What do you think the Government’s Commons majority is?

On paper, it’s 76.  Those with some knowledge of way Westminster works in practice will have remembered to add in the five non-sitting Sinn Fein MPs, plus the Speaker and his Deputies, which takes it past 80.  The really sharp amongst you might mention that the eight DUP MPs usually (though not always) vote with the government, which would take you to close to 100.

But the average majority in practice has been a whopping 142 – and we bet no one thought it was that.  That’s the mean average in the 306 whipped votes to have taken place since the election; we’ve excluded the 25 occasions when Coalition MPs were given a free vote.

The first clue to working out what’s going on is to note that the figure of 142 is the mean average.  The median average is a much less surprising 94.  This suggests that there are some very high outlier figures, dragging up the mean average – and indeed that’s what happening.

The key factor is the behaviour of Her Majesty’s Official Opposition. Most of the time (some 238 votes so far), Labour oppose the government, and when they do the average majority is 91 (with a median of 87).  But when Labour abstain (44 votes), the majority averages 270 (median: 276); and when Labour support the government, the average majority rises to 421 (median: 450).  (The eagle-eyed amongst you may have noticed that these numbers don’t sum to 306 – because there was one vote when the government was whipped, but Labour allowed a free vote).

The most striking example of this occurred on 21 March this year when the Government won a vote endorsing military action in Libya by 557 votes to 13, thanks to the support of the Labour frontbench, producing the largest Coalition majority so far this Parliament of 544.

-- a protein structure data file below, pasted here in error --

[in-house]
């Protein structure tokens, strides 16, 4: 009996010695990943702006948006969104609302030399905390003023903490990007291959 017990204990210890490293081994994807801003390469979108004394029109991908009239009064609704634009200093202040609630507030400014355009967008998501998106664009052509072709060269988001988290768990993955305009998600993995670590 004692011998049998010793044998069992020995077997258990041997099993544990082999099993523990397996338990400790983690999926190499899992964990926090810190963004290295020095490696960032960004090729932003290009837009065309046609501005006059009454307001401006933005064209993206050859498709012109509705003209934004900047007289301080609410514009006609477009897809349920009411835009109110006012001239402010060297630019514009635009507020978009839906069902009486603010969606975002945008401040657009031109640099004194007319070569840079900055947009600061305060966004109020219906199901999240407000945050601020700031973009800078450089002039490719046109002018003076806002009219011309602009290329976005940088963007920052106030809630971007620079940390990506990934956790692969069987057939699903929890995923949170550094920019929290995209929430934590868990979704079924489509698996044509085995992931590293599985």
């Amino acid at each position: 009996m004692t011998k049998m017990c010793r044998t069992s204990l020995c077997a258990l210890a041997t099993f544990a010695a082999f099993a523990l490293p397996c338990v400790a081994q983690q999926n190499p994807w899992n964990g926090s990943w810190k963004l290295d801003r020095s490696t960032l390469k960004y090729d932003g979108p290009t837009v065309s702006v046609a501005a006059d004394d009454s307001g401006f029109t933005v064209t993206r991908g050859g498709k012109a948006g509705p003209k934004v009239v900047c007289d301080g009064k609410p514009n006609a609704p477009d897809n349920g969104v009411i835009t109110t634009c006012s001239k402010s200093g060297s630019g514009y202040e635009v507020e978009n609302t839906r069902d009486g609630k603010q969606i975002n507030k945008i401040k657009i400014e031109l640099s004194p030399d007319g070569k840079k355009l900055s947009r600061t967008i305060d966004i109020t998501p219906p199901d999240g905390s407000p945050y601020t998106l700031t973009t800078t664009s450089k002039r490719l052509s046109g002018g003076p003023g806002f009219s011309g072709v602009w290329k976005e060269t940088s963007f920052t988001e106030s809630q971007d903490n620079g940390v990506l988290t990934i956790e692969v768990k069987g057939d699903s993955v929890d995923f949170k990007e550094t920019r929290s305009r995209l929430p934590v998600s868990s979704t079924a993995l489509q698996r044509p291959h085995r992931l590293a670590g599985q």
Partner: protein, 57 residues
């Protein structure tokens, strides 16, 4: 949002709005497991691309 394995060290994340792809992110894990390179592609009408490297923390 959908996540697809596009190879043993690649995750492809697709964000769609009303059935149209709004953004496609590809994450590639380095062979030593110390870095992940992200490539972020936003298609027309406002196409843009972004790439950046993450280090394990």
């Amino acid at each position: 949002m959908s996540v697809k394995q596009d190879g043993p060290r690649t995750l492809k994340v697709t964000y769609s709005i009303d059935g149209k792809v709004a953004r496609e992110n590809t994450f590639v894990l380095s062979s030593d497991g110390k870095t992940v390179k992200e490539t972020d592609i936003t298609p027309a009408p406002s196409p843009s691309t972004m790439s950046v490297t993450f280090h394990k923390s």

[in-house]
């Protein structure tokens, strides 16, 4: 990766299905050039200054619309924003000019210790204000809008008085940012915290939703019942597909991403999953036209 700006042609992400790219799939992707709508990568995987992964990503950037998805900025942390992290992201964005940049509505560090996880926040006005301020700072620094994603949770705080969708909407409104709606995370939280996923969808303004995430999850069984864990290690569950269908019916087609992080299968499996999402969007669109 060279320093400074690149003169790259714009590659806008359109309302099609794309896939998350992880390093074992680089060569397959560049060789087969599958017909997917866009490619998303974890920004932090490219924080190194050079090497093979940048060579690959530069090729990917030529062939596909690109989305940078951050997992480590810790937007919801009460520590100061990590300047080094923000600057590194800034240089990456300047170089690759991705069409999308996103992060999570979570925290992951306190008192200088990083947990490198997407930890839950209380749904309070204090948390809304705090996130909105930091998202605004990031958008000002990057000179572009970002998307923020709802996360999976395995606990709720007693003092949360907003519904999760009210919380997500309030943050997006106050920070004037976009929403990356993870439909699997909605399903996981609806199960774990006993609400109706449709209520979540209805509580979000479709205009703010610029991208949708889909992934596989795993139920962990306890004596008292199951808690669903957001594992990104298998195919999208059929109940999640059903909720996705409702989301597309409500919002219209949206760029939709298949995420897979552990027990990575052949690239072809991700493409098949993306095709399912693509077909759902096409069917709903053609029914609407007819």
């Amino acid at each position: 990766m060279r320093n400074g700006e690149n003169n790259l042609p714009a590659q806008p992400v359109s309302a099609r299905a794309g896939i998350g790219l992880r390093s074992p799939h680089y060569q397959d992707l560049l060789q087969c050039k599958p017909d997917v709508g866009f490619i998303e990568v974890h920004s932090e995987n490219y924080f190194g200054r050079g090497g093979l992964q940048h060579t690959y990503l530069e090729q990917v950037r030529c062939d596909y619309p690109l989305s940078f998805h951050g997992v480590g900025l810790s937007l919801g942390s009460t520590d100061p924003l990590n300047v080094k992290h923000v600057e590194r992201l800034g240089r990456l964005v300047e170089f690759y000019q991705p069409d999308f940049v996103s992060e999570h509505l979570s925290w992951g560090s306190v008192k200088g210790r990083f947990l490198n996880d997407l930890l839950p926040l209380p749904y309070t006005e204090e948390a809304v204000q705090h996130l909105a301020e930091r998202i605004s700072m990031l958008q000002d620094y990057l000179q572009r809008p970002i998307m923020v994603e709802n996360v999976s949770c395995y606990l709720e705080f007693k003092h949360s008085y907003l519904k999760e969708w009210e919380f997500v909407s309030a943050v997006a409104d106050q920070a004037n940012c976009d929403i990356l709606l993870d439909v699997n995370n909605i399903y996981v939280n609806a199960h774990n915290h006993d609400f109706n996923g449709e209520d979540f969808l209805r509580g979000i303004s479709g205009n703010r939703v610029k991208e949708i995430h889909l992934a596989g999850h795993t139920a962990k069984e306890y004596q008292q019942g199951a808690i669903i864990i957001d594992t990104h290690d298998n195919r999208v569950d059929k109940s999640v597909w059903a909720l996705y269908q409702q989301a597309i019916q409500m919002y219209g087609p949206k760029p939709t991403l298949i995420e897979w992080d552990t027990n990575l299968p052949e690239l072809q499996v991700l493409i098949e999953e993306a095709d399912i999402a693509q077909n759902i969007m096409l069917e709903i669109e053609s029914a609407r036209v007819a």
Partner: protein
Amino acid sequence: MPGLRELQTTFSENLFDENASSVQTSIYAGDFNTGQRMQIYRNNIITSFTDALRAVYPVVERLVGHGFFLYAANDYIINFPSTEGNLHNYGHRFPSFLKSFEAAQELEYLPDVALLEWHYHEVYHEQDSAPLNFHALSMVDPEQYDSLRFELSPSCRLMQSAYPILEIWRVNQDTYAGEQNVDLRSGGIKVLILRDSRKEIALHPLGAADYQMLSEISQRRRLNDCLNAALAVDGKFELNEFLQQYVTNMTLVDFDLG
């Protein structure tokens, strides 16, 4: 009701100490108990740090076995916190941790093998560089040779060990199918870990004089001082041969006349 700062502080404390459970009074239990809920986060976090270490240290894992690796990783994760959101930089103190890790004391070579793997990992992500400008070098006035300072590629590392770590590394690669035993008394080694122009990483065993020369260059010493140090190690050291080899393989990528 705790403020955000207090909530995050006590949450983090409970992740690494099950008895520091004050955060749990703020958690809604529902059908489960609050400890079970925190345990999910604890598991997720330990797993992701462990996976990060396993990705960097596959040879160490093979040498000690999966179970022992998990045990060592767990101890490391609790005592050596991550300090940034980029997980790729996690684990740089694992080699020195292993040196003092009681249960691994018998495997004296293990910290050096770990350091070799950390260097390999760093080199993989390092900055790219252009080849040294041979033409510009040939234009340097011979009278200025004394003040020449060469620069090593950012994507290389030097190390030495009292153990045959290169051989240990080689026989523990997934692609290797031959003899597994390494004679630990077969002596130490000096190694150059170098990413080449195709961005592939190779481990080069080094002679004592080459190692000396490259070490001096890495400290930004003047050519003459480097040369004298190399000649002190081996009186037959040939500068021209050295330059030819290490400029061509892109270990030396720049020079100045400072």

Another good example of huge Coalition majorities occurred during the passage of the Committee stage of the Scotland Bill, which was discussed on the Floor of the House of Commons in March 2011.  As reported in The Independent, Conservative MPs complained bitterly to their whips at having to stay late to vote on divisions where the Government was enjoying massive Commons majorities.  The Independent calculated that the Government’s day-to-day majority between January and March 2011 was 150, and it had enjoyed a margin of more than 250 in 24 out of 75 votes.  What the story didn’t point out, however, was that this was because most amendments on the Scotland Bill were being put by SNP MPs, and that the Labour frontbench chose in almost all occasions to join the Coalition in opposing them in the no lobby. This factor on the particular Bill, more than any other, contributed to the high Government majorities in the first quarter of this year.

The consequences for any government backbench rebellion succeeding should be obvious.  On paper, it would take 39 Coalition MPs to rebel to defeat the Government – but only if the Labour frontbench was to vote with the rebels.  There are plenty of issues on which 39 Conservative MPs might rebel, but there aren’t as many on which the Labour party would be willing to join them. That is not to say that it won’t happen at some point in the future, merely that it is not likely to happen very often.

The hurdles in overturning a large in-built Coalition majority are even more acute for the Liberal Democrats. Their backbench MPs number only 35, so even if all of them vote against the Government with all the Opposition MPs, that would still not be enough to defeat the Government.

For the Government’s majority to fall much below 50, both Conservative and Liberal Democrats need to rebel in decent numbers, with the support of the Labour frontbench and the minor parties. This has been happening rarely since May 2010.  The Government’s majority has only fallen below 50 on only six occasions in its first fifteen months in power.

But it can happen.  On 9 December 2010, over university tuition fees, 21 Liberal Democrat rebels combined with six Conservative backbenchers, the Labour frontbench and the minor parties, reducing the Government’s majority to 21, which remains the lowest Coalition majority thus this Parliament.

The Coalition not only has a stable working majority on paper, but also a very high average day-to-day working majority in practice.

This was one of the conclusions of a paper given at the recent Elections, Public Opinion and Parties conference, held at Exeter University.  The full slides from the presentation are downloadable here; all the data are correct as of the start of the summer recess.  This updates, and replaces, the earlier slides we uploaded in July.

Philip Cowley and Mark Stuart

One Response to “What do you think the Government’s Commons majority is?”

  1. Daniel Smith
    April 14, 2013 at 10:57 am #

    Oh dear; too many rebel Labour’s and mimsy Lib Dems.

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